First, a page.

typography

Methods for Controlling Spacing in Web Typography

If you were developing sites in 2006, then you may have worked with a designer like me who was all up in your business about fonts not looking exactly the same in the browser as they did in mockups.

Then you may have tried explaining to me the pains of cross-browser compatibility and how different browsers render fonts differently from one another. In response, I likely would have sent you an image file that contains the content instead to make sure everything looked the same in all browsers. Yes, I was one of those designers.

Web fonts have come a very long way since then and we now have tools to tweak the way fonts render in browsers. Some have been around for quite a while. I remember my mind nearly bursting with excitement when I discovered FitText.js and Lettering.js way back when.

There are still plenty of situations today where adjusting fonts is needed to ensure the best legibility despite having all these fancy tools. We're going to cover a few of those in this post along with methods for how to deal with them.

(more…)

System Fonts in SVG

There was a time when the smart move in picking fonts for a website was to a font-family that was supported across as many platforms as possible. font-family: Tahoma; and whatnot. Or even better, a font stack that would fall back to as-similar-as possible stuff, like font-family: Tahoma, Verdana, Segoe, sans-serif;.

These days, an astonishing number of sites are using custom fonts. 60%!

No surprise, there is also a decent amount of pushback on custom fonts. They need to be downloaded, thus there are performance/bandwidth hits. There is loads of nuance on how you load them.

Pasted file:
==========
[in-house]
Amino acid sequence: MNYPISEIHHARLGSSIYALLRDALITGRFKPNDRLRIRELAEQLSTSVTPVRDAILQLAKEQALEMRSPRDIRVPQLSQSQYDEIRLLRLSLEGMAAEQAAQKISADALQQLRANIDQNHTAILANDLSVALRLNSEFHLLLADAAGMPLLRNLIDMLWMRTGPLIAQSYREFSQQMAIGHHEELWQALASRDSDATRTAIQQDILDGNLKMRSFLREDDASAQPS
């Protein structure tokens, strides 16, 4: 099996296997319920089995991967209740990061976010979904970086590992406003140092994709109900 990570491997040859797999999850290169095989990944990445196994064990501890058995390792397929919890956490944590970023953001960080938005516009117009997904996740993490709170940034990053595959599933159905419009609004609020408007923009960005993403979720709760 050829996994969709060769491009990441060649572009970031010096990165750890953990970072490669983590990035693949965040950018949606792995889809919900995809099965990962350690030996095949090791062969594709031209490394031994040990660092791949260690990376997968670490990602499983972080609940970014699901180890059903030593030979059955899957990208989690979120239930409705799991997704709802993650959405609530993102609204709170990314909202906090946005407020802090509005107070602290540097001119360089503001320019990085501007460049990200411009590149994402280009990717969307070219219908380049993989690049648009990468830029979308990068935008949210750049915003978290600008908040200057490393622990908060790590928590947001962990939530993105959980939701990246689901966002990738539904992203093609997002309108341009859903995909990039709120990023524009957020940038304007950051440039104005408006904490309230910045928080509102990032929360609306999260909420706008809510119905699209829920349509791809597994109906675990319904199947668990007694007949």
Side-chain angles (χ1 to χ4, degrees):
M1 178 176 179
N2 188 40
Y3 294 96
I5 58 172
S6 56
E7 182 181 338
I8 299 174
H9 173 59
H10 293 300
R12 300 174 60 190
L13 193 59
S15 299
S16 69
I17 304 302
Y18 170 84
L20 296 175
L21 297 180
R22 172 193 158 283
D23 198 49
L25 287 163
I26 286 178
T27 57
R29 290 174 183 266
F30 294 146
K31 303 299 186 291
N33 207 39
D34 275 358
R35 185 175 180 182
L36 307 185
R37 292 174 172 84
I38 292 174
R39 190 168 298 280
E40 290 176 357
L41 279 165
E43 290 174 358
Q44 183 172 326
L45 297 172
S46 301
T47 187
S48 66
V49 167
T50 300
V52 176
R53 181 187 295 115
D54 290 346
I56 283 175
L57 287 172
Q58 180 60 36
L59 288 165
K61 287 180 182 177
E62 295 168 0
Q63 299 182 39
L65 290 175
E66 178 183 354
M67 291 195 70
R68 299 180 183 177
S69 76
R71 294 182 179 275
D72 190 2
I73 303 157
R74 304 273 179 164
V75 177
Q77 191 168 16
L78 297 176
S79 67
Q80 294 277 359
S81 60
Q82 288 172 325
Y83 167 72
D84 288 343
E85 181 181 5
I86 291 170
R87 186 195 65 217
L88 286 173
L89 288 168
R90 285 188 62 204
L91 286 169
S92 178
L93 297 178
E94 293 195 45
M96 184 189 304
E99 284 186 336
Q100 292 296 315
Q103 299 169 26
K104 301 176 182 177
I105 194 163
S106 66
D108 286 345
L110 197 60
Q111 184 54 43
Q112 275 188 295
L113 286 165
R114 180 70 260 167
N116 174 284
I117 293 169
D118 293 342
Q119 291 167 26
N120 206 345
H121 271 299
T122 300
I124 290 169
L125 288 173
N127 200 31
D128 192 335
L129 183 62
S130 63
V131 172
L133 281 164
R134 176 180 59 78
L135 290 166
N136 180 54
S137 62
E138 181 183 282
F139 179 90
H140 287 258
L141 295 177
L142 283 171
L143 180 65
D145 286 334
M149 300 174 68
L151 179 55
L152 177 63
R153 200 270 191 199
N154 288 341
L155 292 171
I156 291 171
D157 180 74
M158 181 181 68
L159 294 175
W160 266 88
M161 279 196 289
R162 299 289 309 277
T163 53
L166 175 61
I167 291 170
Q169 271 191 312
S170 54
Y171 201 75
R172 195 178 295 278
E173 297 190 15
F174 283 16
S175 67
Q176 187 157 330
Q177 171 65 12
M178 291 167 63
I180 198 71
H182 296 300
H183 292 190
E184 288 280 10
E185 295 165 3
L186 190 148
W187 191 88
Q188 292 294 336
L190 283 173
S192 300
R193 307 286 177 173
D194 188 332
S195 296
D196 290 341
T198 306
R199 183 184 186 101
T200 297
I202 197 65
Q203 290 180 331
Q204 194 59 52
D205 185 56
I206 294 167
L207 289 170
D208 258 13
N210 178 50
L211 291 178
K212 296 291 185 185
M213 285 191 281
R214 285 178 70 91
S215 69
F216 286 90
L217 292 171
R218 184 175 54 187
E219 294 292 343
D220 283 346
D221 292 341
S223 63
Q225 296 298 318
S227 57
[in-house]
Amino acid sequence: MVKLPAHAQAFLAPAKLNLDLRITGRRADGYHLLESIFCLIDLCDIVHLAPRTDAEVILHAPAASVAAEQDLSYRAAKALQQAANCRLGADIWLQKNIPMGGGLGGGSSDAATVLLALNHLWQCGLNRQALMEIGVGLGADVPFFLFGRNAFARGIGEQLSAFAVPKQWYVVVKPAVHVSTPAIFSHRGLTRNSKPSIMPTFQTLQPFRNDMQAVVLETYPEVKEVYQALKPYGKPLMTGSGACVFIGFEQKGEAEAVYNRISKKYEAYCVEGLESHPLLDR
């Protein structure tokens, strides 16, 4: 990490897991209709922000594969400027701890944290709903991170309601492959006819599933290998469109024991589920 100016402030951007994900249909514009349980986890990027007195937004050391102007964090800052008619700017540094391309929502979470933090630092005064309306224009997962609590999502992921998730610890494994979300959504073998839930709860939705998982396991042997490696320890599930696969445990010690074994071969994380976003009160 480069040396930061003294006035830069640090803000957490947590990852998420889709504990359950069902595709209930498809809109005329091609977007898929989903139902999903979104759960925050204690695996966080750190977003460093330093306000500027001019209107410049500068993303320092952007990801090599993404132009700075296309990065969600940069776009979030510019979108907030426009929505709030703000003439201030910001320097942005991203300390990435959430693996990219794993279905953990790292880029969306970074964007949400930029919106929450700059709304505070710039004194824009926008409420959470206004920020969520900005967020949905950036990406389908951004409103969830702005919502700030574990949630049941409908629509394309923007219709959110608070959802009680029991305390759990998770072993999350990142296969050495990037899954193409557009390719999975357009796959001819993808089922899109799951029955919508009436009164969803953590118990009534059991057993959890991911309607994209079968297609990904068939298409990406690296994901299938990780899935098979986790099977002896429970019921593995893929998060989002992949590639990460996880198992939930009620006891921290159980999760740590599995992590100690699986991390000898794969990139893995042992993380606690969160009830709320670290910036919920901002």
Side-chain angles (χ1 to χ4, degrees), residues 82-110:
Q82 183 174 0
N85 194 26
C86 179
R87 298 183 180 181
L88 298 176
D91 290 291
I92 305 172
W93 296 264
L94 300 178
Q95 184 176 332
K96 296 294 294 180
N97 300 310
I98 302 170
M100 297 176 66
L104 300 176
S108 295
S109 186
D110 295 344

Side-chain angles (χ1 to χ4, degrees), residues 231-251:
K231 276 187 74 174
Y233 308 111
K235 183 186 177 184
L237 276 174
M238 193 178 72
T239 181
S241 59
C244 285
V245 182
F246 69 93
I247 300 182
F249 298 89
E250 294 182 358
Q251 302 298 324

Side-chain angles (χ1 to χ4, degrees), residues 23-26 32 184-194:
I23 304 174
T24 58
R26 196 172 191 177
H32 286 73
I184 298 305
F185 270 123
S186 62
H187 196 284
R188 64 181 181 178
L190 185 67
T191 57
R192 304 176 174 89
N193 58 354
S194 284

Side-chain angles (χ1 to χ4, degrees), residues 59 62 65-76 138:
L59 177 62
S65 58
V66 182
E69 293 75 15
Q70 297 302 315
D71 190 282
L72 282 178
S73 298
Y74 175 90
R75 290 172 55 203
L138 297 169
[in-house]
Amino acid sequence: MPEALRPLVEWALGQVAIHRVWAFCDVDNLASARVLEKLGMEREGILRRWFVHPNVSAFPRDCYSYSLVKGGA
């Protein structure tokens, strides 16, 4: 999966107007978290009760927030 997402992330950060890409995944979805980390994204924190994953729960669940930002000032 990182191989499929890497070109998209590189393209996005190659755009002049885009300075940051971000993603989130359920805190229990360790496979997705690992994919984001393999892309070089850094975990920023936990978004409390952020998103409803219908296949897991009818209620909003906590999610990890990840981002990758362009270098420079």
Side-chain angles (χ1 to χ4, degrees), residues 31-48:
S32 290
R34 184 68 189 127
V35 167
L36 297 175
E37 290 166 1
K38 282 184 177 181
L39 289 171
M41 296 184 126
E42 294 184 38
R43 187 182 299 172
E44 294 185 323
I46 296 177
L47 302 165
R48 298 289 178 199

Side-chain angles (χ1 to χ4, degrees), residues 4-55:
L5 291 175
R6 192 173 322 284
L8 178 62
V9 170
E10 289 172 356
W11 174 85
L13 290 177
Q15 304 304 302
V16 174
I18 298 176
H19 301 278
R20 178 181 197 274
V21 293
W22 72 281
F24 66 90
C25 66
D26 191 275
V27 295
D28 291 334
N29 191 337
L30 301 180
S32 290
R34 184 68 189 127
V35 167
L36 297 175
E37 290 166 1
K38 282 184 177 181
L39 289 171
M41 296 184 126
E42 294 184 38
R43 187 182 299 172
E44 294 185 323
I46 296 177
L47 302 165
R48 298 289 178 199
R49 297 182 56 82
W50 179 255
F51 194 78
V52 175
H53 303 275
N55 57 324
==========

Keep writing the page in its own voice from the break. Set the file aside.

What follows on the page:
Also no surprise, there is some advocacy for the return to local fonts. Fast! Good enough! Let's look at that for a sec, then also look at using them within SVG.

(more…)

“OpenType Variations Fonts”

Over on the Typekit Blog, Tim Brown has written about an exciting development in the world of web fonts: an improvement to the OpenType font file specification.

This might not sound all that exciting at first, but “variable fonts” allows designers and developers to embed a single font file into a webpage and then interpolate the various widths and weights we need from a single file. That means smaller files, fewer requests, and more flexibility for designers. However, this format isn’t available to use in browsers yet. Instead, it shows that there’s a dedicated effort from Google, Microsoft, Apple and Adobe moving forward:

Imagine condensing or extending glyph widths ever so slightly, to accommodate narrow and wide viewports. Imagine raising your favorite font’s x-height just a touch at small sizes. Imagine sharpening or rounding your brand typeface in ways its type designer intended, for the purposes of art direction. Imagine shortening descenders imperceptibly so that headings can be set nice and tight without letters crashing into one another. Imagine this all happening live on the web, as a natural part of responsive design.